Already missing injured center David Krejci, the Bruins lost 5-1 to the Montreal Canadiens.

"We all know the result," Bergeron said. "That was a tough game. We definitely could have used him.

"He's so big for our team that you need him on the ice and he knows that. But he's been learning a lot and obviously the Winter Classic was an eye-opener."

Marchand has made a career of playing on the edge, including a pair of incidents during the 2018 Stanley Cup Playoffs in which he licked opponents. Neither led to supplemental discipline but did earn him a rebuke from the League and resulted in a rather contrite Marchand at season's end.

"I'm not going to say I've been perfect by any means, I think I've doubled my penalty minutes from last year," he said of going from 63 in 68 games last season to 78 through 37 games this season. "There's definitely still areas where I can improve. There always will be. But I'm not going to say that I'm not trying to pay attention to it because I am. But I'm not going to say I'm going to be perfect this year either."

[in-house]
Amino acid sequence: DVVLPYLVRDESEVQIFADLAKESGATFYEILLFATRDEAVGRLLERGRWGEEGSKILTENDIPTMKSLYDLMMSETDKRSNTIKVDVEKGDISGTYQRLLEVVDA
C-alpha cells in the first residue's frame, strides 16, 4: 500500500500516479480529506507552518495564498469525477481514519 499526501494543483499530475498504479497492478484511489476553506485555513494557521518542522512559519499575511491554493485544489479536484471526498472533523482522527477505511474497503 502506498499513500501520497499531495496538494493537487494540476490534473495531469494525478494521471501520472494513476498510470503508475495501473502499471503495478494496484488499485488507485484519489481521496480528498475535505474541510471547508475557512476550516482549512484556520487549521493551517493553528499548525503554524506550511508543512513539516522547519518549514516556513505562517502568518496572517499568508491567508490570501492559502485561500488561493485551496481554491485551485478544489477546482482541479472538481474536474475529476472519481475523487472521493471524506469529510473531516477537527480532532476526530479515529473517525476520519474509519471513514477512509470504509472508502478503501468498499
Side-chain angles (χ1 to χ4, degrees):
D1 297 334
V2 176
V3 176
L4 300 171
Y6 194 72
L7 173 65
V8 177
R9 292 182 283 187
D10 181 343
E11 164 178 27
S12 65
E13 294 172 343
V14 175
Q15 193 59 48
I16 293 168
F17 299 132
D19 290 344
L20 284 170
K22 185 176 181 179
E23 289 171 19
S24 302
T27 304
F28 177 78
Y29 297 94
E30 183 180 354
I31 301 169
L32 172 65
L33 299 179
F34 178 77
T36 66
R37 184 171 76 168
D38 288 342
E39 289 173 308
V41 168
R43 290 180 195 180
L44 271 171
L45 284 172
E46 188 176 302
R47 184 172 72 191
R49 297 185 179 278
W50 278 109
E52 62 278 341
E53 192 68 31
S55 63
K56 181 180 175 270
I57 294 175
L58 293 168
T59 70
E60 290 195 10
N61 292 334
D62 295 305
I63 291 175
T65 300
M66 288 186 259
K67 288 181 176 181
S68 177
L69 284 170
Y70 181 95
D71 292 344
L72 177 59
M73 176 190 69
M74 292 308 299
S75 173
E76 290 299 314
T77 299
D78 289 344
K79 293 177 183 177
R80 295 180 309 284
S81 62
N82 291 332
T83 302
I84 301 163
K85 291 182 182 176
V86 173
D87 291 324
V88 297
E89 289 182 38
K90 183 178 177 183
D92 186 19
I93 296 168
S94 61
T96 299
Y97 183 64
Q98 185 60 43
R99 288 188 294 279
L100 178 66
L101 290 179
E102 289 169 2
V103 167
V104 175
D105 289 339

Marchand, who has 41 points (12 goals, 29 assists) in 37 games this season, knows better than to guarantee that. Or anything, including that his parents will get to watch him play in the 2019 Winter Classic. The Bruins have two games before they go outside, against the New Jersey Devils at TD Garden on Thursday (7 p.m. ET; SN360, SNE, SNO, NESN, MSG+, NHL.TV) and against the Buffalo Sabres at KeyBank Center on Saturday.

Marchand again has a contingent of family traveling to watch him play outdoors, though smaller than last time. Still, his parents will be there, as well as his in-laws, his wife and kids, his sister and her boyfriend, plus some friends.

"Not as many this time," Marchand said. "I think they're playing it a little safe."

They do know him after all.

But there is good news for Lynn Marchand.

"I just told her, hopefully she doesn't have to worry about that," Marchand said. "I'll refund her ticket if it does."